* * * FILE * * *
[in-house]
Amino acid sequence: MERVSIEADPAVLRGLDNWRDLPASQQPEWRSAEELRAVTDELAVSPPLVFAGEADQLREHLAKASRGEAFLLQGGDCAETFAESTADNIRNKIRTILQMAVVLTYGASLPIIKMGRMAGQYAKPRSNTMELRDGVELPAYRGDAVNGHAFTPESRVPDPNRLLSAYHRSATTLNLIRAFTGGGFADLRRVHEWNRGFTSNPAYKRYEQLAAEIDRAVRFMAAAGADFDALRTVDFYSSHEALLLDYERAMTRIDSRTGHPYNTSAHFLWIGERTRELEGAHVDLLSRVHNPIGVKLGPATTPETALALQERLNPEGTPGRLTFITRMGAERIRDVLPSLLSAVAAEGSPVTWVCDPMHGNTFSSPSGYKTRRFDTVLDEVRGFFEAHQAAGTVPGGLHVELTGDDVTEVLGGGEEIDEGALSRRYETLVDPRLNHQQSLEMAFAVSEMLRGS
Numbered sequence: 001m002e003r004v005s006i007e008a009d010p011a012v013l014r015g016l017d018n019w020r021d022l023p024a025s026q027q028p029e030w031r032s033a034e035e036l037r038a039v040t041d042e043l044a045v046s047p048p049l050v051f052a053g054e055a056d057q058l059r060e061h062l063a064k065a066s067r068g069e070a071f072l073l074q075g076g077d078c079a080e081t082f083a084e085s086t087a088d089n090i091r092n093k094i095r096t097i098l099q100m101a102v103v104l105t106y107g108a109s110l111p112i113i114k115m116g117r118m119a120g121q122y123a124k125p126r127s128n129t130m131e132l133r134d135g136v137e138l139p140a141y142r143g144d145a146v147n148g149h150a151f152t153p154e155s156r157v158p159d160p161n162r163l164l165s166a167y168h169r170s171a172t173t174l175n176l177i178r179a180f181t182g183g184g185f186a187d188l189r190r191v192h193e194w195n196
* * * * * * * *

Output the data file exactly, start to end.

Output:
[in-house]
Amino acid sequence: MERVSIEADPAVLRGLDNWRDLPASQQPEWRSAEELRAVTDELAVSPPLVFAGEADQLREHLAKASRGEAFLLQGGDCAETFAESTADNIRNKIRTILQMAVVLTYGASLPIIKMGRMAGQYAKPRSNTMELRDGVELPAYRGDAVNGHAFTPESRVPDPNRLLSAYHRSATTLNLIRAFTGGGFADLRRVHEWNRGFTSNPAYKRYEQLAAEIDRAVRFMAAAGADFDALRTVDFYSSHEALLLDYERAMTRIDSRTGHPYNTSAHFLWIGERTRELEGAHVDLLSRVHNPIGVKLGPATTPETALALQERLNPEGTPGRLTFITRMGAERIRDVLPSLLSAVAAEGSPVTWVCDPMHGNTFSSPSGYKTRRFDTVLDEVRGFFEAHQAAGTVPGGLHVELTGDDVTEVLGGGEEIDEGALSRRYETLVDPRLNHQQSLEMAFAVSEMLRGS
Numbered sequence: 001m002e003r004v005s006i007e008a009d010p011a012v013l014r015g016l017d018n019w020r021d022l023p024a025s026q027q028p029e030w031r032s033a034e035e036l037r038a039v040t041d042e043l044a045v046s047p048p049l050v051f052a053g054e055a056d057q058l059r060e061h062l063a064k065a066s067r068g069e070a071f072l073l074q075g076g077d078c079a080e081t082f083a084e085s086t087a088d089n090i091r092n093k094i095r096t097i098l099q100m101a102v103v104l105t106y107g108a109s110l111p112i113i114k115m116g117r118m119a120g121q122y123a124k125p126r127s128n129t130m131e132l133r134d135g136v137e138l139p140a141y142r143g144d145a146v147n148g149h150a151f152t153p154e155s156r157v158p159d160p161n162r163l164l165s166a167y168h169r170s171a172t173t174l175n176l177i178r179a180f181t182g183g184g185f186a187d188l189r190r191v192h193e194w195n196